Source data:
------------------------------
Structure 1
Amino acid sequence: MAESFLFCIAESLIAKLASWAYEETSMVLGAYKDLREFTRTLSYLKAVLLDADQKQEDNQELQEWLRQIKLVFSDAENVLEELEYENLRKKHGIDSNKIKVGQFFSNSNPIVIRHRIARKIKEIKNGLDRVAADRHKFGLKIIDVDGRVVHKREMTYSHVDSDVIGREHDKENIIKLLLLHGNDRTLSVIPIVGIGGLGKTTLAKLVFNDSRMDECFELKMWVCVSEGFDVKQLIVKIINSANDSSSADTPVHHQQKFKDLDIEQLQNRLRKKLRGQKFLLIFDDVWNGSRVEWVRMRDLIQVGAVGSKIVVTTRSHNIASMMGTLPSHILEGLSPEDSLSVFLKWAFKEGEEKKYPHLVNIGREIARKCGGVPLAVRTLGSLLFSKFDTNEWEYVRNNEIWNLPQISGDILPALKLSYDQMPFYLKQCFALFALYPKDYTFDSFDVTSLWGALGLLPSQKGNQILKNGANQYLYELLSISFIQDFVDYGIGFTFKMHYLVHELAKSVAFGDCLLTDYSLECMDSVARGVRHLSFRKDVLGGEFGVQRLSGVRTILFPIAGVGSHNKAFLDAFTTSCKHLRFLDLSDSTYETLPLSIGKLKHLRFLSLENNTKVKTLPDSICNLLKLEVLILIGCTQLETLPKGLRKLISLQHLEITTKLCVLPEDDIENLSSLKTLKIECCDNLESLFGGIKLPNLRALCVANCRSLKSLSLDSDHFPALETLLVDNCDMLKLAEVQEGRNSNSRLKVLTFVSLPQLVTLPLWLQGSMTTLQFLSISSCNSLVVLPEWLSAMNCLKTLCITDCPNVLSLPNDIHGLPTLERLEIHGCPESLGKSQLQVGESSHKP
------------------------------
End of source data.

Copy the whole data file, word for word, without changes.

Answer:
Structure 1
Amino acid sequence: MAESFLFCIAESLIAKLASWAYEETSMVLGAYKDLREFTRTLSYLKAVLLDADQKQEDNQELQEWLRQIKLVFSDAENVLEELEYENLRKKHGIDSNKIKVGQFFSNSNPIVIRHRIARKIKEIKNGLDRVAADRHKFGLKIIDVDGRVVHKREMTYSHVDSDVIGREHDKENIIKLLLLHGNDRTLSVIPIVGIGGLGKTTLAKLVFNDSRMDECFELKMWVCVSEGFDVKQLIVKIINSANDSSSADTPVHHQQKFKDLDIEQLQNRLRKKLRGQKFLLIFDDVWNGSRVEWVRMRDLIQVGAVGSKIVVTTRSHNIASMMGTLPSHILEGLSPEDSLSVFLKWAFKEGEEKKYPHLVNIGREIARKCGGVPLAVRTLGSLLFSKFDTNEWEYVRNNEIWNLPQISGDILPALKLSYDQMPFYLKQCFALFALYPKDYTFDSFDVTSLWGALGLLPSQKGNQILKNGANQYLYELLSISFIQDFVDYGIGFTFKMHYLVHELAKSVAFGDCLLTDYSLECMDSVARGVRHLSFRKDVLGGEFGVQRLSGVRTILFPIAGVGSHNKAFLDAFTTSCKHLRFLDLSDSTYETLPLSIGKLKHLRFLSLENNTKVKTLPDSICNLLKLEVLILIGCTQLETLPKGLRKLISLQHLEITTKLCVLPEDDIENLSSLKTLKIECCDNLESLFGGIKLPNLRALCVANCRSLKSLSLDSDHFPALETLLVDNCDMLKLAEVQEGRNSNSRLKVLTFVSLPQLVTLPLWLQGSMTTLQFLSISSCNSLVVLPEWLSAMNCLKTLCITDCPNVLSLPNDIHGLPTLERLEIHGCPESLGKSQLQVGESSHKP